A supercharged, breathless stomp through the past and present of indie punk's finest
There’s an expectation of diminishing returns with most bands of Superchunk’s vintage. Biological fact dictates that we all slow down eventually, especially those whose reputation was built three decades ago on a bedrock of unbridled energy. But if Superchunk have slowed down at all, it’s as imperceptible as the difference between 100mph and 95mph. You’re still going really f*cking fast.
So much of it hinges on Mac McCaughan. Superchunk’s frontman has never been the most punk guy in the room, even when bellowing: “I’m not working for you, slack motherf*cker”. His clean-cut Oxford shirts, ruffled greying hair and reedy voice would appear the antithesis of hardcore, but nobody rocks as hard as Mac.
From the second he steps onto Bush Hall’s stage, McCaughan never stops moving, ripping out searing, melodic solos and leaping about with the same abandon he’s shown for more than 30 years. Over an hour later, towards the end of ‘Learned To Surf’, he seems to be losing his voice. Nope. A swig of water, a deep breath, and he’s back. It’s contagious.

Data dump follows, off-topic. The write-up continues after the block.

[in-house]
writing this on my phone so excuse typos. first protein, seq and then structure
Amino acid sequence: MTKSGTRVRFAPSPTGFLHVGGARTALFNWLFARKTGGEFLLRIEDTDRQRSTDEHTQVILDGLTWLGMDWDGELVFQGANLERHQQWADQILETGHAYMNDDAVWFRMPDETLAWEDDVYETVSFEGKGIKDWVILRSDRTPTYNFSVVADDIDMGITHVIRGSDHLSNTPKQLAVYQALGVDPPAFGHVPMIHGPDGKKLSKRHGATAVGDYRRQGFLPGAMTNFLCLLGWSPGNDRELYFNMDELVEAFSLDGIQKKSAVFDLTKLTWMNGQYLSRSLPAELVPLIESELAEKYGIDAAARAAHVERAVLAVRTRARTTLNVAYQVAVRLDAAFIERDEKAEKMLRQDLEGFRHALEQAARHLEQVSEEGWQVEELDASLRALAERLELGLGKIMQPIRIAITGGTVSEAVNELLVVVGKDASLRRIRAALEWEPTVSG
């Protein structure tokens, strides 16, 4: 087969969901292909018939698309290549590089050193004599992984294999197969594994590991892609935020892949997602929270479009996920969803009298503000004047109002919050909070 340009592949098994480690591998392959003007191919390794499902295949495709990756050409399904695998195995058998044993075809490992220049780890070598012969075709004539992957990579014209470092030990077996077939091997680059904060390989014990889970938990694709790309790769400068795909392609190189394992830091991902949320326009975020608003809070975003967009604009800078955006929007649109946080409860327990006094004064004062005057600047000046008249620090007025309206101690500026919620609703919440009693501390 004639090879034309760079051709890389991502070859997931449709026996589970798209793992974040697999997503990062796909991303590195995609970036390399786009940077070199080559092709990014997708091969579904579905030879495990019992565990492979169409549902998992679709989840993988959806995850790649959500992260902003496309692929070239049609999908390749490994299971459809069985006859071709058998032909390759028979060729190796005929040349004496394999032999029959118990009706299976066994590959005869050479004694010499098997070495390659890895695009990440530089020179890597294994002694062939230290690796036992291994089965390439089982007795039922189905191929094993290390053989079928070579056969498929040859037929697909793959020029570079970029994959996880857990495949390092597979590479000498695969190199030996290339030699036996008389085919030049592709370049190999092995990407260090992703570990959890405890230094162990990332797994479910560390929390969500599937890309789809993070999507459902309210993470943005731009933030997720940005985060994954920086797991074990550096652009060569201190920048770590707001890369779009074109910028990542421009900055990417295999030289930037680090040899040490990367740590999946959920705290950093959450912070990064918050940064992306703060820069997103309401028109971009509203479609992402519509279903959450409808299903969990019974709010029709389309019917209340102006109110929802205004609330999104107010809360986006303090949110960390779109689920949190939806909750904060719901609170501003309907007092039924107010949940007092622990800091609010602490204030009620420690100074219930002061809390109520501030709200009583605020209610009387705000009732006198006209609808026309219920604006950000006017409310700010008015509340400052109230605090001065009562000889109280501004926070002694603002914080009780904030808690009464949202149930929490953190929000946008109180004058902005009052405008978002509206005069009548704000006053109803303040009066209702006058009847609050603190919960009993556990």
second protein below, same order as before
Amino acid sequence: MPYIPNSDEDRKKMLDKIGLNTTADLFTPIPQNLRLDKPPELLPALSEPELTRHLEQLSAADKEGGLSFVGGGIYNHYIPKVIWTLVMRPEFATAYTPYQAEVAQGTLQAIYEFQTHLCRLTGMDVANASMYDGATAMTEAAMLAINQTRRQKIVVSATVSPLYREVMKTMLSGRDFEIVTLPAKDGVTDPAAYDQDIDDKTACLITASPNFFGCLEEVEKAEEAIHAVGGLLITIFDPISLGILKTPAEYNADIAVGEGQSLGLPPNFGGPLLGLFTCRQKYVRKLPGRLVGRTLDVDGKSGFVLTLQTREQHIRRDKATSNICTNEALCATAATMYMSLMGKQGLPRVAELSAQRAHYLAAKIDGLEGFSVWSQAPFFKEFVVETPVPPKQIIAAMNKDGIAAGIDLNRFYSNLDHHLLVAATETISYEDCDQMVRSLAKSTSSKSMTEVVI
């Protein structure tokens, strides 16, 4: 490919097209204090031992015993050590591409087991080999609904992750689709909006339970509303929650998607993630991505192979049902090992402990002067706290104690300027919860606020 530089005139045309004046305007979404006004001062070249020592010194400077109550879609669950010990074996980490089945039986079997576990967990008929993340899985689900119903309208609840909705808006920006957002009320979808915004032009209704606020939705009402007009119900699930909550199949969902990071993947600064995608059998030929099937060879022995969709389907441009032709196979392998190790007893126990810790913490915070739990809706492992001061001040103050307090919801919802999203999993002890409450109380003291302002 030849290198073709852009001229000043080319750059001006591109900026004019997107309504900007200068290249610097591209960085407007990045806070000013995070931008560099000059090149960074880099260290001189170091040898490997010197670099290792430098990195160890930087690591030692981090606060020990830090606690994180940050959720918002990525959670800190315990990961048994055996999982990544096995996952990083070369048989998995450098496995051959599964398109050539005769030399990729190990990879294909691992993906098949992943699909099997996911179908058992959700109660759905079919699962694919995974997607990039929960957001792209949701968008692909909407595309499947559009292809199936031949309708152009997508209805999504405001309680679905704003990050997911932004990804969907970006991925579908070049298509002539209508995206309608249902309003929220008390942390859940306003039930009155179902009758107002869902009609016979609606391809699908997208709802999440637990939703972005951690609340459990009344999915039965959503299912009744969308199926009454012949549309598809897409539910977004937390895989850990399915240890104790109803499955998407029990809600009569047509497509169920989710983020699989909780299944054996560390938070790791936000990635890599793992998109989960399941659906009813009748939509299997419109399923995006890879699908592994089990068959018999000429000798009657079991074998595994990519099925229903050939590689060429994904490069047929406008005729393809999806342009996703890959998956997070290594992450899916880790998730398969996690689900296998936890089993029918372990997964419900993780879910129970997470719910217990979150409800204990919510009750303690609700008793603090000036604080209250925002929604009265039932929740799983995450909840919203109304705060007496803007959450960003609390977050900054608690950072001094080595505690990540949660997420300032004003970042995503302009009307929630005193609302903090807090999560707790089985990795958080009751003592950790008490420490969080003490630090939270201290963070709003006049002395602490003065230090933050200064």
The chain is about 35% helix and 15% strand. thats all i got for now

The ostensible theme for the night is a celebration of the band’s seminal 1993 album On The Mouth. The first chunk (pun intended) of the set consists of that record’s hard-edged, faster paced songs, the relentless ‘Precision Auto’ leading into ‘From The Curve’, ‘Package Thief’ and New Low’.
From there the band hops back and forth through their sizeable discography on what some might call a tour of their eras. It’s a crowd-pleasing litany of fast, hook-filled indie rock that shines a light on just how many scorchers Superchunk have to call on. Not many bands have the luxury of leaving out songs as great as ‘Detroit Has A Skyline’, ‘Me, You & Jackie Mittoo’ and ‘Crossed Wires’.
Superchunk’s roster has changed even since their last UK visit. Original drummer Jon Wurster has now departed and founding bassist Laura Ballance has retired from touring (her usual deputy Jason Narducy is on duty elsewhere) so McCaughan and guitarist Jim Wilbur are joined by Bat Fangs’ rhythm section of Betsy Wright and Laura King. The duo have slotted in perfectly. Wright struts and hollers like she’s been there for decades, while King is a force of nature behind the kit, even if she doesn’t match Wurster for neckwear.
While so many 90s bands bide their time for the next anniversary reissue and accompanying tour, Superchunk are releasing some of their best records and ripping up venues on a nightly basis. Long may this little miracle of a band run.
Photo credit: Mariano Regidor/Redferns